My next contact was Freshman Kevin Thielen. Thielen earned his Eagle Rank and is still involved in BSA, although not as much as he once was. Thielen agreed with the prospect of lifting the ban, believing that Scouting would go against its own morals if they did not. Based on his experience at BSA leadership meetings, he argued a central theme has always been valuing diversity.
Thielen went on to address another argument against LGBT members, that they would threaten straight Scouts in some way. “Throughout my day to day dealings at both Eckerd and in the ‘real world,’ I have never felt threatened by someone based on whether they were a member of the LGBT community or not,” he said. Thielen, like McKenzie, favors lifting the ban.
My final questions were posed to Junior Steven Fong who earned his Eagle rank with his home troop in New York and is currently studying abroad for the semester. Unlike the others I interviewed, Fong was much more cautious on the subject, noting its controversial nature in relation to the history of BSA.
Fong also noted that recently there seems to have been a bit of a culture change where certain aspects of the movement are not taken seriously. “I do not think that homosexuals are bad,” he said, “but it could possibly inhibit the learning and process of some Scouts who may be affected by this.”
Fong then recounted an experience from his time at the National Jamboree in 2005. Allegedly, two Scouts engaged in sexual intercourse in the showers as a way of showing how the combination of immaturity to the Movement and the actions of a small percentage of LGBT individuals can alter views. Despite this, he maintained that should the policy change, he would accept those changes.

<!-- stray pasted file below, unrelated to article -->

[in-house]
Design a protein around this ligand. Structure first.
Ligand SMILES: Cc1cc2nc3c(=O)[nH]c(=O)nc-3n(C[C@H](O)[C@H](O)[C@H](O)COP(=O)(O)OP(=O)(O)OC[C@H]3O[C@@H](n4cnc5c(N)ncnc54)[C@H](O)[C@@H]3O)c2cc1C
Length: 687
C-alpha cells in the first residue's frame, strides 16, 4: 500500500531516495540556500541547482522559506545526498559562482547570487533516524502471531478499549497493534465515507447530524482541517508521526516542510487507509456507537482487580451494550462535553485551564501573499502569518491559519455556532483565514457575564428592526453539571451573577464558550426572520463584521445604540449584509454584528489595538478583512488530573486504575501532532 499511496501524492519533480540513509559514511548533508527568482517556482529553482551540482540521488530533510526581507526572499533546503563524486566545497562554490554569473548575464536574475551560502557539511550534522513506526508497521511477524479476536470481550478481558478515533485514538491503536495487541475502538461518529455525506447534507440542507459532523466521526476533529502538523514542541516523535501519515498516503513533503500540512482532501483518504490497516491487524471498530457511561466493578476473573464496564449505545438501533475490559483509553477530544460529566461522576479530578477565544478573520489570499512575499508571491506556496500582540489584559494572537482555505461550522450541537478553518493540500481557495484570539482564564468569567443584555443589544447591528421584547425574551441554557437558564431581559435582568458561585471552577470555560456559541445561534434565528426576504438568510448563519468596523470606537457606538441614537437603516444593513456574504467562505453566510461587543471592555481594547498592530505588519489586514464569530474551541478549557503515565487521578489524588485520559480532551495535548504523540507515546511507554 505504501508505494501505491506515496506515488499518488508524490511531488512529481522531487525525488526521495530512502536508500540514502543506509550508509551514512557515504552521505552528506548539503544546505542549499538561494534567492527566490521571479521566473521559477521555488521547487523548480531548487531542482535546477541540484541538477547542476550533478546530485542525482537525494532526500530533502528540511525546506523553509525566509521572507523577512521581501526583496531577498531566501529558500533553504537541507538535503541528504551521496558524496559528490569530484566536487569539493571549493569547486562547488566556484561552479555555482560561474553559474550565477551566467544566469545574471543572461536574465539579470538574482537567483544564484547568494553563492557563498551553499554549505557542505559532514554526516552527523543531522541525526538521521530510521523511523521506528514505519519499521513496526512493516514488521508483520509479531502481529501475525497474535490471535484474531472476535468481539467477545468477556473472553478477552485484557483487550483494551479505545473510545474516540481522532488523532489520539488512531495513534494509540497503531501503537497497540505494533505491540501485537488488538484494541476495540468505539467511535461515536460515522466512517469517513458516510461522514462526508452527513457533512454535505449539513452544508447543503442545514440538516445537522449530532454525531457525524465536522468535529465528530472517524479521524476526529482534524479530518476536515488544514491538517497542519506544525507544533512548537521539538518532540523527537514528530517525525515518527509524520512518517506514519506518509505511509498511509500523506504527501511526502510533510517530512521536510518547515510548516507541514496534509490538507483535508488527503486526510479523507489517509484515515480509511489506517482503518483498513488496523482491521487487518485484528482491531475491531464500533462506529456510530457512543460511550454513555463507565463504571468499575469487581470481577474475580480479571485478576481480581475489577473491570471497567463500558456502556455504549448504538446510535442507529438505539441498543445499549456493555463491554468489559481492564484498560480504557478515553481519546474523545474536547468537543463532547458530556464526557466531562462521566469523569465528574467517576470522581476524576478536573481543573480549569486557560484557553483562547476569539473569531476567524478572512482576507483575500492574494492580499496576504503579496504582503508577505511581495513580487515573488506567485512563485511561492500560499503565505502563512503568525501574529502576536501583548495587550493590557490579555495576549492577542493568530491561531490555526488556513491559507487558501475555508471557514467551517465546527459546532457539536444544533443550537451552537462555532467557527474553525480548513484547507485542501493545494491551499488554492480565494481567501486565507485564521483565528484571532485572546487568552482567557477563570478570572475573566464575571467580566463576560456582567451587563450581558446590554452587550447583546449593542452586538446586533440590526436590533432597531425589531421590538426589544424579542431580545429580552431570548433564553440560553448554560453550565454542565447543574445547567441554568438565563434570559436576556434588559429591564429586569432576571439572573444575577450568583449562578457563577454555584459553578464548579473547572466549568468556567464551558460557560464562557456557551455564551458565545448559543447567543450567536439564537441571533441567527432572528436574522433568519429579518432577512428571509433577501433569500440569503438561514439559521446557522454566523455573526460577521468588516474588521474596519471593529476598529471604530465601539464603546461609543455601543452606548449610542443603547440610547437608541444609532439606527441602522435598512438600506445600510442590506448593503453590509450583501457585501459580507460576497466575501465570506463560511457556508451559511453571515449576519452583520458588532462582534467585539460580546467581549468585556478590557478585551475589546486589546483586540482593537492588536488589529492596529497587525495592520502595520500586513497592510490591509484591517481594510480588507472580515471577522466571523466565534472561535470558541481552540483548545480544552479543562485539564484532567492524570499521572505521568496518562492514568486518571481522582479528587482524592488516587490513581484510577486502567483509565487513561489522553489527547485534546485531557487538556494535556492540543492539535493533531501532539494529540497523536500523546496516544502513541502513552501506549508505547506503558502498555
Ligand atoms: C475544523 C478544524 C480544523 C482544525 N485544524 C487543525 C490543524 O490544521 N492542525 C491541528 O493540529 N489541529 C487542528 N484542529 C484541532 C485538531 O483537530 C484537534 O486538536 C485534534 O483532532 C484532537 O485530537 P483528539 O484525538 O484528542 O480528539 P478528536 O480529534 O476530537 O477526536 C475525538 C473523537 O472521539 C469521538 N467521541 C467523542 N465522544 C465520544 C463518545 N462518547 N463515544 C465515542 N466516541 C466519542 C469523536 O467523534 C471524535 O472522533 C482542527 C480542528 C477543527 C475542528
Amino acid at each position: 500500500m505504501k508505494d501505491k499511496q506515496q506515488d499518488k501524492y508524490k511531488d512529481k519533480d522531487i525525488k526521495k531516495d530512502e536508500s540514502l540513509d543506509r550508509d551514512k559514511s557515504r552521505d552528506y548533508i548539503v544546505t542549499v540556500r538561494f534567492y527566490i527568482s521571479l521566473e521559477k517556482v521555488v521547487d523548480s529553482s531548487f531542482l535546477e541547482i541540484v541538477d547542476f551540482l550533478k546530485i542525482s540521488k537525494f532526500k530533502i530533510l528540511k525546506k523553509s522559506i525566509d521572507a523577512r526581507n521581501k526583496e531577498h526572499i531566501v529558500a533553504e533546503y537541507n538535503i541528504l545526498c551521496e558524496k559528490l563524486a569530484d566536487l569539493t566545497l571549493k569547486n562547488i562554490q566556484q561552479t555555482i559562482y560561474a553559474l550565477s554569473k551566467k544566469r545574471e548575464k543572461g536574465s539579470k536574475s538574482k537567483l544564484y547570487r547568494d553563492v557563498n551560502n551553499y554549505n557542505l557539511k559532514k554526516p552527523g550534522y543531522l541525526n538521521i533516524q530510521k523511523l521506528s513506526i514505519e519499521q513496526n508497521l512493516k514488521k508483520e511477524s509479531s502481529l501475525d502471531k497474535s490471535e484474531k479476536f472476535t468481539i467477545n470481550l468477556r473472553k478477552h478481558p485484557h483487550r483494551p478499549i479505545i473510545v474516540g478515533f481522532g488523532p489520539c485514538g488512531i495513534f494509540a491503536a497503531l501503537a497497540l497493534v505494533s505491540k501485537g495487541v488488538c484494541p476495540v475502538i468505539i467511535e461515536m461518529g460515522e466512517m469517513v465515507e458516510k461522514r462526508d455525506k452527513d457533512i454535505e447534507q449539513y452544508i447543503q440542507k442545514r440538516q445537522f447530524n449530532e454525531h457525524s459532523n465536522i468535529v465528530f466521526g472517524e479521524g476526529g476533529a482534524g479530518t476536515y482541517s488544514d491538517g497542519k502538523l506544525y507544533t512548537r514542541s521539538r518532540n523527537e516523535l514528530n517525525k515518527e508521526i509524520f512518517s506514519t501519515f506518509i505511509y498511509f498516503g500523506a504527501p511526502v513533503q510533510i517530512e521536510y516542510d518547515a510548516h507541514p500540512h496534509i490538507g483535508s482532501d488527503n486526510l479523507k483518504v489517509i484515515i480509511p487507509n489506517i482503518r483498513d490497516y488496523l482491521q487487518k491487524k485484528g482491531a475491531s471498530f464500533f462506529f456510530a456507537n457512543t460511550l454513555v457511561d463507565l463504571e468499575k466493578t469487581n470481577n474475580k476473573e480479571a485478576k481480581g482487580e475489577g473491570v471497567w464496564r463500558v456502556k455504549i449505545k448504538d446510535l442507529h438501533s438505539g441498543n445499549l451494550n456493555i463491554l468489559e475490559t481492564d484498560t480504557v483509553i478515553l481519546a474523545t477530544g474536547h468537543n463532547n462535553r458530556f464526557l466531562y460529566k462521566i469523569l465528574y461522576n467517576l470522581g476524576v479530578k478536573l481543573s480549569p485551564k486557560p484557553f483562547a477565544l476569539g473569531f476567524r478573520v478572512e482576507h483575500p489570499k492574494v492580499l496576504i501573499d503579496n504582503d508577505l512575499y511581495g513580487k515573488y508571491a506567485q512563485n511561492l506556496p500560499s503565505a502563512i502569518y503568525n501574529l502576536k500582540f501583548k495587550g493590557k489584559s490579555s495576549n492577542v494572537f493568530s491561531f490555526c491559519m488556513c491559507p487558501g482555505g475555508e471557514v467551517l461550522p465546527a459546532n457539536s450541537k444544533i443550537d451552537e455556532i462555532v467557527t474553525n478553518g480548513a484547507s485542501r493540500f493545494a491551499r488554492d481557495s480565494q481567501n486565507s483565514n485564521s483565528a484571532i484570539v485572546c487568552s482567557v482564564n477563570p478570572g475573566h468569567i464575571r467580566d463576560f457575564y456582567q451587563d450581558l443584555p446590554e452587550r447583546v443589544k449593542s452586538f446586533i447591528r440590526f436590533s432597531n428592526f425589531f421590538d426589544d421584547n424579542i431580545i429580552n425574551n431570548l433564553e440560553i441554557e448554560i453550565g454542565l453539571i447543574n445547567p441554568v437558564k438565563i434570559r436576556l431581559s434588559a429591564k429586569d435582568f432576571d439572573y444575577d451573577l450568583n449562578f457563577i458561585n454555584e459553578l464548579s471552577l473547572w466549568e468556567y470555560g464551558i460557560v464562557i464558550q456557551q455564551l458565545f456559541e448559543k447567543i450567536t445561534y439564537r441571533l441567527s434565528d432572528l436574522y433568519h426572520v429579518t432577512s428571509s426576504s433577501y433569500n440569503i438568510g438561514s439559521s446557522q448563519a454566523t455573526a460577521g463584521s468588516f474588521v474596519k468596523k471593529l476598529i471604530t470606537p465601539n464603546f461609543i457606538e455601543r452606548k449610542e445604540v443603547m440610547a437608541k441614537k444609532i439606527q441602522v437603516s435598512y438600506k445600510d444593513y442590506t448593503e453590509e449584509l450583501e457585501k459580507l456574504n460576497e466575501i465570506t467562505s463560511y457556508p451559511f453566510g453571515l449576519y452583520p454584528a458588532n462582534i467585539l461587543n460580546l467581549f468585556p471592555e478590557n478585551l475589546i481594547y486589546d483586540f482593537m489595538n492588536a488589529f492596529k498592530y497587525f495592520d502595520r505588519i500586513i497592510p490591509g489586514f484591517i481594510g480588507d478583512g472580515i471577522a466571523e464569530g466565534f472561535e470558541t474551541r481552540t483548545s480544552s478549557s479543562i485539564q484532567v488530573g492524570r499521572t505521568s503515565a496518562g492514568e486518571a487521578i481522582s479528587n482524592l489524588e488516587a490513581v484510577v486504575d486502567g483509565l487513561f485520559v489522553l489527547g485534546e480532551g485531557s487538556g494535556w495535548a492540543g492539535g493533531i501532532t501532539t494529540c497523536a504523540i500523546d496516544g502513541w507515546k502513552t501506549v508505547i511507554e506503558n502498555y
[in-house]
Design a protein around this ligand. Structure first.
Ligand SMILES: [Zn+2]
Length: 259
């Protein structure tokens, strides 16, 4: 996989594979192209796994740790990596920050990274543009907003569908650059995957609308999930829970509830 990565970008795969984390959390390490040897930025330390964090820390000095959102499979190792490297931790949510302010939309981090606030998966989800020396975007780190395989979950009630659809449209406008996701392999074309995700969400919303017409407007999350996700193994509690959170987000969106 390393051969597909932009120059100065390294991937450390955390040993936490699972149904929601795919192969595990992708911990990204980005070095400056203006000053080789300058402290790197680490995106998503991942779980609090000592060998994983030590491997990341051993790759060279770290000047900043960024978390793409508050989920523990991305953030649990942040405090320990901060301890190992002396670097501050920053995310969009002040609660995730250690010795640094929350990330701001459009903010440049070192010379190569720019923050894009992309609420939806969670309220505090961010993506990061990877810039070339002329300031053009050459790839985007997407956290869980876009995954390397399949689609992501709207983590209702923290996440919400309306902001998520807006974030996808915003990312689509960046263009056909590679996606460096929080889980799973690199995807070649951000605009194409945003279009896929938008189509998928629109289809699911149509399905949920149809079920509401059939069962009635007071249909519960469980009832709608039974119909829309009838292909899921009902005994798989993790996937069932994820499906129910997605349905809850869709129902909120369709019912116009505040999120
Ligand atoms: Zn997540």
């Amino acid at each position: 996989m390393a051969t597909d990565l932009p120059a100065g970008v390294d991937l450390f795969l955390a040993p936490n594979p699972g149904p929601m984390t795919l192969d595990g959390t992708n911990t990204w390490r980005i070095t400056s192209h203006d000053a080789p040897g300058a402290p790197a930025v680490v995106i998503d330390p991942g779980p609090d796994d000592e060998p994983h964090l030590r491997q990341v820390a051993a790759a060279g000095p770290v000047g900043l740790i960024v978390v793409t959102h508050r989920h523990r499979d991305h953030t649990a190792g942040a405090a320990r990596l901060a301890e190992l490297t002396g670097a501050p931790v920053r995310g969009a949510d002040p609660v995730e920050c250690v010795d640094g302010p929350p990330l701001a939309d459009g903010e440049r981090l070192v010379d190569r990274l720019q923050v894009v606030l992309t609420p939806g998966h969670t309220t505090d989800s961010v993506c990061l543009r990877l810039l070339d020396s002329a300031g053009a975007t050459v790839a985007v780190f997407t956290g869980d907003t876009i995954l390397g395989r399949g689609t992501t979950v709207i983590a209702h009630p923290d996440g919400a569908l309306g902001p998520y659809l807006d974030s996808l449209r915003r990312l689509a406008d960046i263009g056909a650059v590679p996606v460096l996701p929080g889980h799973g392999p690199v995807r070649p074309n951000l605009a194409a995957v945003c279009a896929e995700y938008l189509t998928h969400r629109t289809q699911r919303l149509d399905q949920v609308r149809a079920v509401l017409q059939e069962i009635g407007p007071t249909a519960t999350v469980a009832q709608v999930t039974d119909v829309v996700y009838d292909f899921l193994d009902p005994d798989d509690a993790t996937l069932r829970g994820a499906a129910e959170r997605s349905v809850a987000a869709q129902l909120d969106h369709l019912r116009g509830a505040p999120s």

Personally, being a Scout has changed my life for the better and has done so for many others throughout the last hundred years. My grandfather was one of the first American Boy Scouts, and one of the first to receive the Eagle Rank in 1919. My uncle received his Eagle Rank in his youth as well, and I fulfilled the so-called Casey legacy in 2008 with my Eagle Scout rank.
My love of BSA runs deep—I still have my uniform (now converted to a leader’s), my camp shirts still get worn, my Eagle medal sits next to my grandfather’s at home and my old troop’s final award of excellence hangs in my dorm room.
To me, BSA has always meant an assistance in the transition from adolescence to adulthood. It›s the reason I still work with the BSA Movement, the reason I support local troops and the reason that, if I ever have a son, he will be a Boy Scout.
Scouting is not just policy, or words in an oath, or a long lived American pastime. It is a way of life, one that should be open to all young men regardless of sexual orientation. That is why in May, when the National Council convenes, I will voice my support for ending the LGBT ban. Because as the camp song goes, “I’m glad that I’m a Boy Scout, there’s nothing I’d rather be.”